But I’m far from the only one he helped. There have been dozens of other, either through the classes he taught or the writing group he established (one which several have kept going.) We all learned our craft from him. He showed us how to write a novel, how to finish, how to polish. And I’m not the first of his “students” to get published. Nathan Walpow comes to mind.
Bill, under his full name William Relling, Jr., had several books published – BRUJO, SILENT MOON, THE CRIMINALIST, DEADLY VINTAGE, SWEET POISON, to name some. But his legacy is not just his body of work. It is all of us that have carry on working hard to make it in the world of fiction because of how he prepared us. We each carry a little bit of Bill with us as we write. I can feel him frowning at times when I begin to write something that isn’t fully thought out. I can sense him when I’m editing, saying “Kill your darlings.” And I can almost see him smiling when I craft a chapter that really works. He is always with me.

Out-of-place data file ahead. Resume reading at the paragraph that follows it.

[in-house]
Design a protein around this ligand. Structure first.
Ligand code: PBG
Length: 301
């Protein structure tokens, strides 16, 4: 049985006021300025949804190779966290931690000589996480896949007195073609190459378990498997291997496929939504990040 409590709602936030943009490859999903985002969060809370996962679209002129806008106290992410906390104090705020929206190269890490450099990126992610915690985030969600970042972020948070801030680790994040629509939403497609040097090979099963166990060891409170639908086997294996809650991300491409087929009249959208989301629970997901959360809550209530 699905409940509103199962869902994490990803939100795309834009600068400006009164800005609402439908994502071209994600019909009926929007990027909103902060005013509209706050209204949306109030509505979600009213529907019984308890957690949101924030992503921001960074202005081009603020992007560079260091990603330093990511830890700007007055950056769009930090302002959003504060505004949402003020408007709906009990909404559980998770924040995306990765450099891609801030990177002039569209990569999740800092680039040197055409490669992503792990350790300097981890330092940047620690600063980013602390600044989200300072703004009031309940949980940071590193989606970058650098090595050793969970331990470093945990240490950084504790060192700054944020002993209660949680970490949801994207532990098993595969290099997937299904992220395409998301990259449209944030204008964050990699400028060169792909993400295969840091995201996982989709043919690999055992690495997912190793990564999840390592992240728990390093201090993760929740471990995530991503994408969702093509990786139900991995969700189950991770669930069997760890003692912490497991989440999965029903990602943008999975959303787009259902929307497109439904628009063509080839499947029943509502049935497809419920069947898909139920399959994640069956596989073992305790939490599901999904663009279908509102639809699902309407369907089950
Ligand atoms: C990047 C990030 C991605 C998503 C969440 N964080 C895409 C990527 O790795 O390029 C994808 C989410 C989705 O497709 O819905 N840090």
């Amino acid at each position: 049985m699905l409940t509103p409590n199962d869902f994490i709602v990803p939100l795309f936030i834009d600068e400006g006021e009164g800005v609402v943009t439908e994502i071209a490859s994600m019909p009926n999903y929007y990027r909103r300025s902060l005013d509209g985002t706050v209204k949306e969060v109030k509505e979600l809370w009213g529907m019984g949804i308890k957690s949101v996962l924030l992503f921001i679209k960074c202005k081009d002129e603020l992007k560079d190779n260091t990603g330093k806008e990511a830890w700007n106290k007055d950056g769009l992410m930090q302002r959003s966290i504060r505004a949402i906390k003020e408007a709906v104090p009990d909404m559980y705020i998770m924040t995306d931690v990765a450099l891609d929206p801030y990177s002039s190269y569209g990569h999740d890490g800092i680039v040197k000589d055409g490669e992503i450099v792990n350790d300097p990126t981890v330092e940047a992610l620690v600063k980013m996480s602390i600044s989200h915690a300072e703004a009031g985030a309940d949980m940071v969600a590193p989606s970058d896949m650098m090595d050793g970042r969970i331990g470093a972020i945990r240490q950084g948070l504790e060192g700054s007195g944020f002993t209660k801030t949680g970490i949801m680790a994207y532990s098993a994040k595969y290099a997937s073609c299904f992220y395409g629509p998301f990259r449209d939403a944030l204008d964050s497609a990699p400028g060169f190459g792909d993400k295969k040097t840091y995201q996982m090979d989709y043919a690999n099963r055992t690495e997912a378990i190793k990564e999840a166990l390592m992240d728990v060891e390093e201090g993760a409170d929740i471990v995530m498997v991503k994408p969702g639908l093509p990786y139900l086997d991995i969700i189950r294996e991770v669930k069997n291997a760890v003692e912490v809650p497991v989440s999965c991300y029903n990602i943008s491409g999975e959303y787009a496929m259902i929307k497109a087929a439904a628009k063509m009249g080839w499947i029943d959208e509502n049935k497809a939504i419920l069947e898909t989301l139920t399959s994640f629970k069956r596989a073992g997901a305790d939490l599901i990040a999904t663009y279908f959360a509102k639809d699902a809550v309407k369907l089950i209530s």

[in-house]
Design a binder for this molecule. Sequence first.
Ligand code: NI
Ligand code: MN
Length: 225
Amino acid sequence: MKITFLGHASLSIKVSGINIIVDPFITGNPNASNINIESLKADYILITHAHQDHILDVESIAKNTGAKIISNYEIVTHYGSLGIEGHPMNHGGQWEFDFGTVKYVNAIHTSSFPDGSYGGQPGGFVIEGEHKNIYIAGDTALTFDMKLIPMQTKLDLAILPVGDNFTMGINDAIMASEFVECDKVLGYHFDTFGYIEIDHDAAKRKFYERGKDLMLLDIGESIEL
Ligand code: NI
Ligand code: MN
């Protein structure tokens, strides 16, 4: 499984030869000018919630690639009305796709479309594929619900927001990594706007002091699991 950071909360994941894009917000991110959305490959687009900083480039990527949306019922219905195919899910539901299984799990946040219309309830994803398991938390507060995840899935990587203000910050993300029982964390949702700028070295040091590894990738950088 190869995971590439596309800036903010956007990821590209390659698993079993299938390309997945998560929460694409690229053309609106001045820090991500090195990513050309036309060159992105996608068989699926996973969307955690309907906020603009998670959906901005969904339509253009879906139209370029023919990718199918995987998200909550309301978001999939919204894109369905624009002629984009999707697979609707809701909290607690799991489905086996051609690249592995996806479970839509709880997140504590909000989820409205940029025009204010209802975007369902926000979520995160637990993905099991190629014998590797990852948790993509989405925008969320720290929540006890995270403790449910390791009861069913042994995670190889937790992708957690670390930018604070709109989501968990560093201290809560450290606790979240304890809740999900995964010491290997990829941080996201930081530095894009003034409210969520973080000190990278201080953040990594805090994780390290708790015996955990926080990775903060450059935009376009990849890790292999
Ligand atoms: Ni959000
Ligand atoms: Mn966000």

Sadly, he did not live long enough to see me get my own publishing contract. In a strange way, it was because he passed away that I am finally on the path to publication. Some of you know my odd journey. It started with an introduction to small house publisher Ugly Town, who then sold my contract to Bantam Dell later. The reason I got into Ugly Town was because a friend provided an introduction. That friend was Nathan Walpow. At the time, it had been quite some time since Nathan and I had seen each other. Then when Bill died, I saw Nathan and several other former members of the writing group at the memorial service. Of course we talked about Bill, laughing a lot and remembering what he’d done for each of us. Somehow Nathan and I got onto the topic of what we were working on at the time. That’s when Nathan offered to give me the introduction to his publisher Ugly Town. Part of the reason I think he did it was that’s what he thought Bill would want. That offer led directly to where I find myself today, with THE CLEANER coming out this summer from Delacorte (Bantam Dell.)